Treating Thrush

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Q:
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My baby has thrush. What should I do?

A:

Dr. Greene’s Answer:

In otherwise healthy children, thrush is a self-limited condition, usually resolving within a month from its first appearance. No treatment is required. Even though it will improve on its own, treatment is often recommended either to alleviate oral discomfort or to treat (or prevent) painful yeast diaper rashes.

Treatment usually consists of an antifungal medicine such as nystatin suspension. This can be applied, gently, directly to the plaques with a cotton-tipped applicator, or given orally 1-2ml four times daily. Sidney Hurwitz, M.D., in Clinical Pediatric Dermatology, suggests using a cotton-tipped applicator dipped into a mixture of one-fourth teaspoon of baking soda and one or two drops of mild liquid detergent (without ammonia or bleach) mixed in a glass of warm water.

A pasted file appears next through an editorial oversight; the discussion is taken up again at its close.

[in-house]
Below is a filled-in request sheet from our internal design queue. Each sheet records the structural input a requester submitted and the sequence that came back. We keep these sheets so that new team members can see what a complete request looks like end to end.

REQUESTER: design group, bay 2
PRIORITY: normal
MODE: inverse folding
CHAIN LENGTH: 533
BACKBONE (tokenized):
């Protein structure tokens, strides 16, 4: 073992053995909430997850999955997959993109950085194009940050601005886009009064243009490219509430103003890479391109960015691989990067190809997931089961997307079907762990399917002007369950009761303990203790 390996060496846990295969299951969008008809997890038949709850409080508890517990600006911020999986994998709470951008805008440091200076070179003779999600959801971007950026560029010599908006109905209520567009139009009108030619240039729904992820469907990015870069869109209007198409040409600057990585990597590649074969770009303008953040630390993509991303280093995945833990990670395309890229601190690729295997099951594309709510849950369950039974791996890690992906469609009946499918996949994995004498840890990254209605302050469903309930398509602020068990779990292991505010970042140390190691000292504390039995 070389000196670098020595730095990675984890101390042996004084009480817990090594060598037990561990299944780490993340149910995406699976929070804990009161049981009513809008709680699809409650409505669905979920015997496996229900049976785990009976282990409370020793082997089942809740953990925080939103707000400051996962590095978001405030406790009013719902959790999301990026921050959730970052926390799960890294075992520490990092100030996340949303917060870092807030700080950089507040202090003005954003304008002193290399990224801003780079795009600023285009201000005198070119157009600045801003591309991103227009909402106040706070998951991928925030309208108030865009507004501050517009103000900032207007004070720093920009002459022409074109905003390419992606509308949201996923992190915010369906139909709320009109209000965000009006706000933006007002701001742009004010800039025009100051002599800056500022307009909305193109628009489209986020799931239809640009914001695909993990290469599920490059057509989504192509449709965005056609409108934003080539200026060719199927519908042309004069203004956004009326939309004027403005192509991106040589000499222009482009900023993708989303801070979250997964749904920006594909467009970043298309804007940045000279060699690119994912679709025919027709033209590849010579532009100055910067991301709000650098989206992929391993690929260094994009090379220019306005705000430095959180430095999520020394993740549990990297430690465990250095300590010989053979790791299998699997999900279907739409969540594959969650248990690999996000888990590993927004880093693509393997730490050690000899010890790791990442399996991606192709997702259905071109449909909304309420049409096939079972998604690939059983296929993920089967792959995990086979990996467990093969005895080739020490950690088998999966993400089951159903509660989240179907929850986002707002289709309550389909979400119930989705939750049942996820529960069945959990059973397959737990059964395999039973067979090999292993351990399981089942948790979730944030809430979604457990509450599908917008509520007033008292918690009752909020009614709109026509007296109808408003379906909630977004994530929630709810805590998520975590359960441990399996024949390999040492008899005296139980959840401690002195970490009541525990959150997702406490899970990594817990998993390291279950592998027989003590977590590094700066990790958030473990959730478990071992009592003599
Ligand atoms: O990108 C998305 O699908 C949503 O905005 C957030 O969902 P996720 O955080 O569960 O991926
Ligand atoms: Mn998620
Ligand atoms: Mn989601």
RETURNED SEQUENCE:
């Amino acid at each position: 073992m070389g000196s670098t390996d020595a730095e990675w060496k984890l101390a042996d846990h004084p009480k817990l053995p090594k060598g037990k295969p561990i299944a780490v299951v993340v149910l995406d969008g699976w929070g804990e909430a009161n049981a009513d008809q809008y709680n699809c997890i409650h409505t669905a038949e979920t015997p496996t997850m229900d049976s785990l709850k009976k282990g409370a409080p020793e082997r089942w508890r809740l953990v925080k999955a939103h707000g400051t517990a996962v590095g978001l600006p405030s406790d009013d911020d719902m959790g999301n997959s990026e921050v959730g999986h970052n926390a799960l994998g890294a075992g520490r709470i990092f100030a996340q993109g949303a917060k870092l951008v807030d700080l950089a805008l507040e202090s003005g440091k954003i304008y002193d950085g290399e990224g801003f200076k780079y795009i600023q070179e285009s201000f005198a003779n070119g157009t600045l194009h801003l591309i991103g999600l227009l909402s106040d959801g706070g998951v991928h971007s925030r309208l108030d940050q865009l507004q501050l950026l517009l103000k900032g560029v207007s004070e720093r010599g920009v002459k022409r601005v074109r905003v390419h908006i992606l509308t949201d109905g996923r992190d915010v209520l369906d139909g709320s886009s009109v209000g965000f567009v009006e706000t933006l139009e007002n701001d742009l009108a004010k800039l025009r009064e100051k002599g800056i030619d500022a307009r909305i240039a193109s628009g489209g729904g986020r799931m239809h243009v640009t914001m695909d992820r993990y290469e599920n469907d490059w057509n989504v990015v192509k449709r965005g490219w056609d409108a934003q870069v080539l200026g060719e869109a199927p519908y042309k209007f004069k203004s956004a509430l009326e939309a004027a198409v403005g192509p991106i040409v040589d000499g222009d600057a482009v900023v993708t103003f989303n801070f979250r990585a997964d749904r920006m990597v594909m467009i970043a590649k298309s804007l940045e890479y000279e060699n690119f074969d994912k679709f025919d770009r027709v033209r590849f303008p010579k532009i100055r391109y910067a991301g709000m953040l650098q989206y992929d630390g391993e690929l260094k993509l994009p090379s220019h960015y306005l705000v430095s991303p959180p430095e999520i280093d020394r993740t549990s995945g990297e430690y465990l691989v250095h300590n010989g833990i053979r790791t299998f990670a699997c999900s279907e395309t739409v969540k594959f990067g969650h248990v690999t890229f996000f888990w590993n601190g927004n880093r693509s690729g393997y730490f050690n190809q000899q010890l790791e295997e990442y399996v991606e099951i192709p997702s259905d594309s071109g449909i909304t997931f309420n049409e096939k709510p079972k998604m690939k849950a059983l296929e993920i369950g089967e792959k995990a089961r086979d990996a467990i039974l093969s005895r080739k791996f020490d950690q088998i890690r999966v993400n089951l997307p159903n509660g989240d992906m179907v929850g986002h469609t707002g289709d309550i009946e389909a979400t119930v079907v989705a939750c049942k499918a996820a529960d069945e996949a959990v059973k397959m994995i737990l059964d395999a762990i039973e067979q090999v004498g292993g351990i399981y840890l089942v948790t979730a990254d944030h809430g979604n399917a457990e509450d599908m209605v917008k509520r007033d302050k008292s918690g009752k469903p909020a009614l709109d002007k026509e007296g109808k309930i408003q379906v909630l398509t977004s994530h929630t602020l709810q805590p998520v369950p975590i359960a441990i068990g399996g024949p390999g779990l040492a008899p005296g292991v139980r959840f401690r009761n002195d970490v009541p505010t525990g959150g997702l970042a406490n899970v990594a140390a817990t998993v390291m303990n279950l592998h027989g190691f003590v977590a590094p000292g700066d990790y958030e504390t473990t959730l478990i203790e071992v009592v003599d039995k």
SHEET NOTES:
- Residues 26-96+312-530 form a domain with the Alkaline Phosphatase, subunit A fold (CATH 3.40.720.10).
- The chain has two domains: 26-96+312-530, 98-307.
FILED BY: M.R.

Stronger medicines are available, though usually unnecessary. If the thrush persists, yeast on nipples or pacifiers should be considered as sources for reinfection. Nystatin can also be placed on mother’s breasts; artificial nipples and pacifiers can be sterilized.

Reviewed by: Khanh-Van Le-Bucklin, Liat Simkhay Snyder
Last reviewed: June 22, 2011
Dr. Alan Greene

Article written by

Dr. Greene is the founder of DrGreene.com (cited by the AMA as “the pioneer physician Web site”), a practicing pediatrician, father of four, & author of Raising Baby Green & Feeding Baby Green. He appears frequently in the media including such venues as the The New York Times, the TODAY Show, Good Morning America, & the Dr. Oz Show.

 

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